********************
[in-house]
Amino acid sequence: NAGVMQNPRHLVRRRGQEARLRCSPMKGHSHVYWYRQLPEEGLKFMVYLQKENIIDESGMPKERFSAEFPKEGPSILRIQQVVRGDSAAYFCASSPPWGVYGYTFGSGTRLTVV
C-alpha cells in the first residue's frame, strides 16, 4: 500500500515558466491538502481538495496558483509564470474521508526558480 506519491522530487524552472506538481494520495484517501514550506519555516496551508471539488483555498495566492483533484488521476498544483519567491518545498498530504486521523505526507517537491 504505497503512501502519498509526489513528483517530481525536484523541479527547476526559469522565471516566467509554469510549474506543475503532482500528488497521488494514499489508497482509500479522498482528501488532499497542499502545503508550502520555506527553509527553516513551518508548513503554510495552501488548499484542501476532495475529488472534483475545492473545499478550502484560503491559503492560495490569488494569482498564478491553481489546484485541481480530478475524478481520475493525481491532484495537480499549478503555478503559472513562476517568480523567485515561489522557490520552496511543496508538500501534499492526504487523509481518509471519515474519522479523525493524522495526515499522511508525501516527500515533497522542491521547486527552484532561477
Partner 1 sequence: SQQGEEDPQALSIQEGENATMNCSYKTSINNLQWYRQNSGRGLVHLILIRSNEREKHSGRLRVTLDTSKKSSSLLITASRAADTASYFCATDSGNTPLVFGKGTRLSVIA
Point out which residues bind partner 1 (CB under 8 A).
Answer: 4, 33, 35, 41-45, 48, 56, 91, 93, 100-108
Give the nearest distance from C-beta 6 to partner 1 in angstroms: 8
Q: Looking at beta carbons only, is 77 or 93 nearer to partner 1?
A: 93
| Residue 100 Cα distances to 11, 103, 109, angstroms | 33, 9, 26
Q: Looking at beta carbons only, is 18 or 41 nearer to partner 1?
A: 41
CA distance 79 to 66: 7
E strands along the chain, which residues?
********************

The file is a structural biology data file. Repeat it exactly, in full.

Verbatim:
[in-house]
Amino acid sequence: NAGVMQNPRHLVRRRGQEARLRCSPMKGHSHVYWYRQLPEEGLKFMVYLQKENIIDESGMPKERFSAEFPKEGPSILRIQQVVRGDSAAYFCASSPPWGVYGYTFGSGTRLTVV
C-alpha cells in the first residue's frame, strides 16, 4: 500500500515558466491538502481538495496558483509564470474521508526558480 506519491522530487524552472506538481494520495484517501514550506519555516496551508471539488483555498495566492483533484488521476498544483519567491518545498498530504486521523505526507517537491 504505497503512501502519498509526489513528483517530481525536484523541479527547476526559469522565471516566467509554469510549474506543475503532482500528488497521488494514499489508497482509500479522498482528501488532499497542499502545503508550502520555506527553509527553516513551518508548513503554510495552501488548499484542501476532495475529488472534483475545492473545499478550502484560503491559503492560495490569488494569482498564478491553481489546484485541481480530478475524478481520475493525481491532484495537480499549478503555478503559472513562476517568480523567485515561489522557490520552496511543496508538500501534499492526504487523509481518509471519515474519522479523525493524522495526515499522511508525501516527500515533497522542491521547486527552484532561477
Partner 1 sequence: SQQGEEDPQALSIQEGENATMNCSYKTSINNLQWYRQNSGRGLVHLILIRSNEREKHSGRLRVTLDTSKKSSSLLITASRAADTASYFCATDSGNTPLVFGKGTRLSVIA
Point out which residues bind partner 1 (CB under 8 A).
Answer: 4, 33, 35, 41-45, 48, 56, 91, 93, 100-108
Give the nearest distance from C-beta 6 to partner 1 in angstroms: 8
Q: Looking at beta carbons only, is 77 or 93 nearer to partner 1?
A: 93
| Residue 100 Cα distances to 11, 103, 109, angstroms | 33, 9, 26
Q: Looking at beta carbons only, is 18 or 41 nearer to partner 1?
A: 41
CA distance 79 to 66: 7
E strands along the chain, which residues?